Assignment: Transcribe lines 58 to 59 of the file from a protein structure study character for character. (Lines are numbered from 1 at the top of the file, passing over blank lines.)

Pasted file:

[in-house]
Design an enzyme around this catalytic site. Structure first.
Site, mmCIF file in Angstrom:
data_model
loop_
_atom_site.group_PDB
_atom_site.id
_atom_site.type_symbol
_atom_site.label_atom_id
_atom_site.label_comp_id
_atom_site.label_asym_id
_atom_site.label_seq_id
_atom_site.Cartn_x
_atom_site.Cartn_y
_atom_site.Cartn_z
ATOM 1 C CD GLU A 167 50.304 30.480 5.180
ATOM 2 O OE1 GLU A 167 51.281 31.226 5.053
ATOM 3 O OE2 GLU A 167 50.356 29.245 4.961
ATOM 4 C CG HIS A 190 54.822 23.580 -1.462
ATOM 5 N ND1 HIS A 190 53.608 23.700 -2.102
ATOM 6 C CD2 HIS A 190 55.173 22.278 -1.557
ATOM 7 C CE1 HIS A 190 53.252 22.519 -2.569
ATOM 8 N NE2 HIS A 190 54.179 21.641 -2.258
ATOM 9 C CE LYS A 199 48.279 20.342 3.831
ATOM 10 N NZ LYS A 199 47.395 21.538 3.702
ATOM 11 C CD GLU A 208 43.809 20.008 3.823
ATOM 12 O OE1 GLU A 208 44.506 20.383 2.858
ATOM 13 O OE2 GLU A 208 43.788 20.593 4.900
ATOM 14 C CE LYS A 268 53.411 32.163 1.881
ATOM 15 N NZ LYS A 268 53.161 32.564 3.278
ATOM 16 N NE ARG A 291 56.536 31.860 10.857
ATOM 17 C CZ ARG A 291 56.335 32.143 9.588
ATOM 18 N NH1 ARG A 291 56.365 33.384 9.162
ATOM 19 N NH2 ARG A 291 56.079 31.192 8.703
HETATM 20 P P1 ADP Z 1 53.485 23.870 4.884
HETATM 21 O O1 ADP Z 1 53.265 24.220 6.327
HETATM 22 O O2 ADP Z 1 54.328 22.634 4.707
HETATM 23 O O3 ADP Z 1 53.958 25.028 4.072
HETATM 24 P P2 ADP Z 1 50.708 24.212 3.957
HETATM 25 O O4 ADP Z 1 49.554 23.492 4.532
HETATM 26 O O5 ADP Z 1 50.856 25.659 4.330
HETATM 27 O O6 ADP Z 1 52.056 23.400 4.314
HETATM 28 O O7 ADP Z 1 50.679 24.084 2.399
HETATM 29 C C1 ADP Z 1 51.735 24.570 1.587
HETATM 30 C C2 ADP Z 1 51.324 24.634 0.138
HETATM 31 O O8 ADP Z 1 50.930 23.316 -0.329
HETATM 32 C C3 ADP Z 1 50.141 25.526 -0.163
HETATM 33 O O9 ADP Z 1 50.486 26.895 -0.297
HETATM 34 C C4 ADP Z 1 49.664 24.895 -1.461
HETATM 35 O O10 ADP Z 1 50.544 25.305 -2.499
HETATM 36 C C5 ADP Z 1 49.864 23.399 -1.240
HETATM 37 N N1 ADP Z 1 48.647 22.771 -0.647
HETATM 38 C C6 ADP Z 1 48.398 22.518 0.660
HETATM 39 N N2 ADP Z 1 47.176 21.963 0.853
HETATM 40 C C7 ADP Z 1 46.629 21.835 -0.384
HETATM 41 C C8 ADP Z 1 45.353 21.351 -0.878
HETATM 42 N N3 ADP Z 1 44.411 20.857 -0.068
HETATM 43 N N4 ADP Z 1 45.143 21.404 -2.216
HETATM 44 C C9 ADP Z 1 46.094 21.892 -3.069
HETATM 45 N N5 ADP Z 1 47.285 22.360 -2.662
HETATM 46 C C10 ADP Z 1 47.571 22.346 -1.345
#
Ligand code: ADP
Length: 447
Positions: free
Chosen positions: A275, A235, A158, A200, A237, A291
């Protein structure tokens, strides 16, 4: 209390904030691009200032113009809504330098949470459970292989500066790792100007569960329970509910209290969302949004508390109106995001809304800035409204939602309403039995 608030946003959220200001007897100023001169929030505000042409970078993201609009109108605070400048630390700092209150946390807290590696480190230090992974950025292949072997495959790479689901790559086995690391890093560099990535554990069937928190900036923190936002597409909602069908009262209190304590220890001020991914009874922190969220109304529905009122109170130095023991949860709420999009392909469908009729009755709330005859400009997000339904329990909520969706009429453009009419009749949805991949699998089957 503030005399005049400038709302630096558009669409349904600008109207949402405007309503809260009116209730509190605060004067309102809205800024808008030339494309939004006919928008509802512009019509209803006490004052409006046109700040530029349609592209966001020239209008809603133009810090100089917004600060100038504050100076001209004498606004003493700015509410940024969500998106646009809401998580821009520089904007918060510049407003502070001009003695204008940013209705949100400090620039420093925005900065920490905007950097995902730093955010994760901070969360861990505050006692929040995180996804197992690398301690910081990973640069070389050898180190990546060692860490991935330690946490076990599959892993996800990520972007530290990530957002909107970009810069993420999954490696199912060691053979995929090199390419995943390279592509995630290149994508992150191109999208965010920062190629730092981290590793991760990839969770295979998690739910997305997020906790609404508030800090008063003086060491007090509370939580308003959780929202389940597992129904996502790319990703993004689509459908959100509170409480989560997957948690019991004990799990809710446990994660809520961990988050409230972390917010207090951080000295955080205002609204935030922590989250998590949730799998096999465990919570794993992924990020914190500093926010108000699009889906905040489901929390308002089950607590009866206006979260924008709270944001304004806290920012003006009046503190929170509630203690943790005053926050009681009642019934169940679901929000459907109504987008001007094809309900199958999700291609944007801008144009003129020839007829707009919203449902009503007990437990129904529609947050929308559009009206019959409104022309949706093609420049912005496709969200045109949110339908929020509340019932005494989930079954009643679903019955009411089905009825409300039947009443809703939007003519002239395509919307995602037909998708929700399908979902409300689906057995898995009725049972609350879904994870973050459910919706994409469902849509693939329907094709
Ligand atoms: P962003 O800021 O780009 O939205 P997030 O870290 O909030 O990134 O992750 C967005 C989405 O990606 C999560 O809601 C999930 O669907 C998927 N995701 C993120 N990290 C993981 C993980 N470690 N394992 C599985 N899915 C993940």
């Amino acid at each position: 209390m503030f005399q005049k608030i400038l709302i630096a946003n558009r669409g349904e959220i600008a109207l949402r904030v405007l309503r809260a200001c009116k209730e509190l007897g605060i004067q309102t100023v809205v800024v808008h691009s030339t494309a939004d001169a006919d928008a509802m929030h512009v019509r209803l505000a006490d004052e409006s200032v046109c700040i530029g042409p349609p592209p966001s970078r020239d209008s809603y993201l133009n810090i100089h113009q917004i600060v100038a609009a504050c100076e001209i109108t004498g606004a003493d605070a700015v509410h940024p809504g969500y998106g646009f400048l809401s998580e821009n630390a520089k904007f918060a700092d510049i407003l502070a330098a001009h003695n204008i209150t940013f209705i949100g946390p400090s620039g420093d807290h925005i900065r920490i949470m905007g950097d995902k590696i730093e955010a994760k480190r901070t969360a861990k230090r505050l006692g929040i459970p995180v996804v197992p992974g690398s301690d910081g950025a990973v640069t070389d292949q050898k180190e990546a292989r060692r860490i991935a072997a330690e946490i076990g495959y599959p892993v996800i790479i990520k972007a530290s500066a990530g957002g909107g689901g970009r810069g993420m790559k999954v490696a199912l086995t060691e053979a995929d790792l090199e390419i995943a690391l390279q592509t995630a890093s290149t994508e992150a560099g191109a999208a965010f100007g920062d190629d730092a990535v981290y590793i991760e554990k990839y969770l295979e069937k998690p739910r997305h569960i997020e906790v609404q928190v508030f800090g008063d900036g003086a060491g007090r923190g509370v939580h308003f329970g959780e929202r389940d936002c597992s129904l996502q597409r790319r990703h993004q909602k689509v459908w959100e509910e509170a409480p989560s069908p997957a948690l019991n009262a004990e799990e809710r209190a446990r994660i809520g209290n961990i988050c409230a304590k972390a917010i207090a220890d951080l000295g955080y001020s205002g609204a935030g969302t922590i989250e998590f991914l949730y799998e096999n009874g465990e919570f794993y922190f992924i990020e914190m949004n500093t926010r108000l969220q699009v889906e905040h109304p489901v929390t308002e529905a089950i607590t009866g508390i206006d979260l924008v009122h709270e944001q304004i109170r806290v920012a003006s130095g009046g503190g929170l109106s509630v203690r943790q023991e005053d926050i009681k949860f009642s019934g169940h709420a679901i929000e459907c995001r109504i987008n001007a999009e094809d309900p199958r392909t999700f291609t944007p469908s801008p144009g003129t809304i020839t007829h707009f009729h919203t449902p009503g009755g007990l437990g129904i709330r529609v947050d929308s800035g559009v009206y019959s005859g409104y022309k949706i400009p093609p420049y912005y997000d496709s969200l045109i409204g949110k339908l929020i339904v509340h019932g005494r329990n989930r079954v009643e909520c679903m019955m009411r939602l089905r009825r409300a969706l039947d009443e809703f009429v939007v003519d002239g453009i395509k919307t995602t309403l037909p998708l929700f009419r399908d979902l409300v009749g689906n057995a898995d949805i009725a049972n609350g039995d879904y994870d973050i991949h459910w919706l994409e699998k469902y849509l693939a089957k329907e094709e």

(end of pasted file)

HETATM 43 N N4 ADP Z 1 45.143 21.404 -2.216
HETATM 44 C C9 ADP Z 1 46.094 21.892 -3.069